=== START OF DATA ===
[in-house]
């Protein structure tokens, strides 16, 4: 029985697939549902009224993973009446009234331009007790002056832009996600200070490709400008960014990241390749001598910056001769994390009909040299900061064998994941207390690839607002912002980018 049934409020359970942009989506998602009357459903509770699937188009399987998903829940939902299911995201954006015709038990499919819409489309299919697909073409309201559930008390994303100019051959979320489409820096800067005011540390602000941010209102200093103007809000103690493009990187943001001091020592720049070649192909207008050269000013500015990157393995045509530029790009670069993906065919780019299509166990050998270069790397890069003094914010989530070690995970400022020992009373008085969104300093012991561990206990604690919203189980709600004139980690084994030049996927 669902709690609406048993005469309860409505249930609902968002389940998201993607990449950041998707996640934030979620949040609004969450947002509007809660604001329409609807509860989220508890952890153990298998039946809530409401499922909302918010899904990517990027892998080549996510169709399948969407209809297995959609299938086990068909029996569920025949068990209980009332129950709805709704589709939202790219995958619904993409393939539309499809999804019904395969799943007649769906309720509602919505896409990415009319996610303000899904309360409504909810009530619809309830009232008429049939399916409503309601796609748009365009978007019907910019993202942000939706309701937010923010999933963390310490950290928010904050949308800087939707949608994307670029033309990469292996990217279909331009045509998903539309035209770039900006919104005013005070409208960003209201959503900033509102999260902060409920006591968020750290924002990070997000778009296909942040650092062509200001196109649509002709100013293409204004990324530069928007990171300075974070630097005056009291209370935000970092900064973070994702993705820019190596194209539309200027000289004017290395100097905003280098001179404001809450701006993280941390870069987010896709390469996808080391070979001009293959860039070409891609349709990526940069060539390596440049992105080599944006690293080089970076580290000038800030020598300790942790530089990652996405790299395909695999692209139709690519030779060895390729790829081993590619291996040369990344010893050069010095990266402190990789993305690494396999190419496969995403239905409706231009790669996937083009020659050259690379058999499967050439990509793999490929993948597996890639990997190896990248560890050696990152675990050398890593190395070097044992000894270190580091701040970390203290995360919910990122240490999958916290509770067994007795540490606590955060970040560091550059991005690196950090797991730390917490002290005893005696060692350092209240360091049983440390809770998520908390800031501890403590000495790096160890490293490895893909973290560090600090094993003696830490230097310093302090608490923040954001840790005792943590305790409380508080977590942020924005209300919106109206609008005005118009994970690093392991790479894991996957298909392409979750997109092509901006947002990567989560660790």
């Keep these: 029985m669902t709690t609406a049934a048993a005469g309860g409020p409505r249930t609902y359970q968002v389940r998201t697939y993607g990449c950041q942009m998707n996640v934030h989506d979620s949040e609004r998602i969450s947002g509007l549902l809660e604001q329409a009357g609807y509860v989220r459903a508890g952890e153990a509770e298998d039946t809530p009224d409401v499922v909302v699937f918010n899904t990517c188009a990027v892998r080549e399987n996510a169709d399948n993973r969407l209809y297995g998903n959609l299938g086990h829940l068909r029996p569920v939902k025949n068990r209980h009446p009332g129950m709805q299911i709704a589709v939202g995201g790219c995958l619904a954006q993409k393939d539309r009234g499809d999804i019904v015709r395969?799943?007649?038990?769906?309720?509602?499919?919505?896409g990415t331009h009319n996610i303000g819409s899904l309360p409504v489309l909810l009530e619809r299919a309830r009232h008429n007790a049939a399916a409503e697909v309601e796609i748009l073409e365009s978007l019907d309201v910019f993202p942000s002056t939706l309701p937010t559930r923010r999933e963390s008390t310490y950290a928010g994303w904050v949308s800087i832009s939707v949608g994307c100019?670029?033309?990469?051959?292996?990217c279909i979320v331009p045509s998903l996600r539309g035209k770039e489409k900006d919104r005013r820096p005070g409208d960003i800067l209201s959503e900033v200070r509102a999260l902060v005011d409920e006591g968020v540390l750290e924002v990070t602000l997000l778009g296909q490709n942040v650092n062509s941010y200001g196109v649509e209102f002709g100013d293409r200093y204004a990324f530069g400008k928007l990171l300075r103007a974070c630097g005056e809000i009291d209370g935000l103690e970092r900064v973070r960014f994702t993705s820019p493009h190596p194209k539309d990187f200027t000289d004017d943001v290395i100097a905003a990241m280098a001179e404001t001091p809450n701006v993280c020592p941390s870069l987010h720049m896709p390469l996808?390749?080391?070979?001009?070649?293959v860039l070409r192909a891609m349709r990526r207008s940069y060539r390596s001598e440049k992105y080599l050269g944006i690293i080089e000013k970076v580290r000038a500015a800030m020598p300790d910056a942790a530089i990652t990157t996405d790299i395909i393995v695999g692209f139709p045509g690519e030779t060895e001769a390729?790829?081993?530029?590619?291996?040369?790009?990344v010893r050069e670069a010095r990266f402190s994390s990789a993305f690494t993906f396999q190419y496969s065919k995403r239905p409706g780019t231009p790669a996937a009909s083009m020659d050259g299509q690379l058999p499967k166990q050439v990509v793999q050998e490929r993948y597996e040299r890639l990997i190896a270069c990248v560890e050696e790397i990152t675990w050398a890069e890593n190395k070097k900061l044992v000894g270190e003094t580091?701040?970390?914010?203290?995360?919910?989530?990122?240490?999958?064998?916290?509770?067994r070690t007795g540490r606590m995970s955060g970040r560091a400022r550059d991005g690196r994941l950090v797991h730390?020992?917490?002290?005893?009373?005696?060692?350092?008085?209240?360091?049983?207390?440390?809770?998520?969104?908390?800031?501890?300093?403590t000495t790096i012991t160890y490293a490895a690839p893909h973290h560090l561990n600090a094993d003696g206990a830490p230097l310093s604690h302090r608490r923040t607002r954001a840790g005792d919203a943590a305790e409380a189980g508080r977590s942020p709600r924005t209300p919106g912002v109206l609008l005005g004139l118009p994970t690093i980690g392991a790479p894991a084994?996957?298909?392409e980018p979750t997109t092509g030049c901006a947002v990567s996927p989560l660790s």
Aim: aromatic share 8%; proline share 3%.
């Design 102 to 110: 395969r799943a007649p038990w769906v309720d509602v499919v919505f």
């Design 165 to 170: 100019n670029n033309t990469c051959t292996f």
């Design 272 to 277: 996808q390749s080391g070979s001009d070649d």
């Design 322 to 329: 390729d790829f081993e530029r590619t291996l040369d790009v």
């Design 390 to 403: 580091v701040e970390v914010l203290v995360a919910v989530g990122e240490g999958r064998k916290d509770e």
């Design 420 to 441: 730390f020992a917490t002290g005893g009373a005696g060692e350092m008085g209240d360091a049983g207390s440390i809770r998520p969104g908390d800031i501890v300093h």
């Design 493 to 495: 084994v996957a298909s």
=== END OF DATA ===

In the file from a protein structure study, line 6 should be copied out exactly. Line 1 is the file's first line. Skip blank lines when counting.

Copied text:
């Design 165 to 170: 100019n670029n033309t990469c051959t292996f």